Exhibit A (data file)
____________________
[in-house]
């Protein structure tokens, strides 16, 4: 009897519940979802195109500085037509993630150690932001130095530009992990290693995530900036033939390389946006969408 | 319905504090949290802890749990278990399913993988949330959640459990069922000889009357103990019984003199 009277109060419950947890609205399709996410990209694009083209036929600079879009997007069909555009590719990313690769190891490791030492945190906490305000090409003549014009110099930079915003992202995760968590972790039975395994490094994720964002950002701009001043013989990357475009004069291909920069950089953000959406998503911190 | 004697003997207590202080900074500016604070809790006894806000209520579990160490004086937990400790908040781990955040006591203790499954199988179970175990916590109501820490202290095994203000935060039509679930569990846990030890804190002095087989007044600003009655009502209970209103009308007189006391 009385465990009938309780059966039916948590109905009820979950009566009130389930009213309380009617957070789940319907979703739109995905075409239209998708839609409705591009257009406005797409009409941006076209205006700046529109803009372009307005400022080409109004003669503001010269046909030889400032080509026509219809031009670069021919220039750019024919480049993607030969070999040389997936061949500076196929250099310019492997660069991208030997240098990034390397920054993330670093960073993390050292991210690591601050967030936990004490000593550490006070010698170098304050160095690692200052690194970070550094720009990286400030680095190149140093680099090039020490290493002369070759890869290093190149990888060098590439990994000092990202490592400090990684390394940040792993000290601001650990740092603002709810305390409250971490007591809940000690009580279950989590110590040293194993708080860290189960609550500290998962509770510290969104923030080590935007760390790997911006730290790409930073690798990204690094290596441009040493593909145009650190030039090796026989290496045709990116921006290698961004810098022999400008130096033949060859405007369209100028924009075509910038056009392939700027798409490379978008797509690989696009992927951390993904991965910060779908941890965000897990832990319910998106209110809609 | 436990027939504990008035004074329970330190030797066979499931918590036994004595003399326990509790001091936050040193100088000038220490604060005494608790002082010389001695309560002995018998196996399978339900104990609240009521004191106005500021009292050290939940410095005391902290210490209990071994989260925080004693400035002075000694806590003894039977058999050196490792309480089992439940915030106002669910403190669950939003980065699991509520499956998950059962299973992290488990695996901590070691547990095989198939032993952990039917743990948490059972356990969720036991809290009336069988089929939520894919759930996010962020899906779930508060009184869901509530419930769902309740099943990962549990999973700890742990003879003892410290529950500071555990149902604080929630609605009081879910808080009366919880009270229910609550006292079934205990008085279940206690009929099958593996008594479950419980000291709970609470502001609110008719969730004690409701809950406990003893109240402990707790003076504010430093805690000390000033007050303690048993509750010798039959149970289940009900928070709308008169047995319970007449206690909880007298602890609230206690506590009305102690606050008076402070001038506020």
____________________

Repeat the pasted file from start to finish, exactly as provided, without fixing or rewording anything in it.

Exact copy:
[in-house]
């Protein structure tokens, strides 16, 4: 009897519940979802195109500085037509993630150690932001130095530009992990290693995530900036033939390389946006969408 | 319905504090949290802890749990278990399913993988949330959640459990069922000889009357103990019984003199 009277109060419950947890609205399709996410990209694009083209036929600079879009997007069909555009590719990313690769190891490791030492945190906490305000090409003549014009110099930079915003992202995760968590972790039975395994490094994720964002950002701009001043013989990357475009004069291909920069950089953000959406998503911190 | 004697003997207590202080900074500016604070809790006894806000209520579990160490004086937990400790908040781990955040006591203790499954199988179970175990916590109501820490202290095994203000935060039509679930569990846990030890804190002095087989007044600003009655009502209970209103009308007189006391 009385465990009938309780059966039916948590109905009820979950009566009130389930009213309380009617957070789940319907979703739109995905075409239209998708839609409705591009257009406005797409009409941006076209205006700046529109803009372009307005400022080409109004003669503001010269046909030889400032080509026509219809031009670069021919220039750019024919480049993607030969070999040389997936061949500076196929250099310019492997660069991208030997240098990034390397920054993330670093960073993390050292991210690591601050967030936990004490000593550490006070010698170098304050160095690692200052690194970070550094720009990286400030680095190149140093680099090039020490290493002369070759890869290093190149990888060098590439990994000092990202490592400090990684390394940040792993000290601001650990740092603002709810305390409250971490007591809940000690009580279950989590110590040293194993708080860290189960609550500290998962509770510290969104923030080590935007760390790997911006730290790409930073690798990204690094290596441009040493593909145009650190030039090796026989290496045709990116921006290698961004810098022999400008130096033949060859405007369209100028924009075509910038056009392939700027798409490379978008797509690989696009992927951390993904991965910060779908941890965000897990832990319910998106209110809609 | 436990027939504990008035004074329970330190030797066979499931918590036994004595003399326990509790001091936050040193100088000038220490604060005494608790002082010389001695309560002995018998196996399978339900104990609240009521004191106005500021009292050290939940410095005391902290210490209990071994989260925080004693400035002075000694806590003894039977058999050196490792309480089992439940915030106002669910403190669950939003980065699991509520499956998950059962299973992290488990695996901590070691547990095989198939032993952990039917743990948490059972356990969720036991809290009336069988089929939520894919759930996010962020899906779930508060009184869901509530419930769902309740099943990962549990999973700890742990003879003892410290529950500071555990149902604080929630609605009081879910808080009366919880009270229910609550006292079934205990008085279940206690009929099958593996008594479950419980000291709970609470502001609110008719969730004690409701809950406990003893109240402990707790003076504010430093805690000390000033007050303690048993509750010798039959149970289940009900928070709308008169047995319970007449206690909880007298602890609230206690506590009305102690606050008076402070001038506020």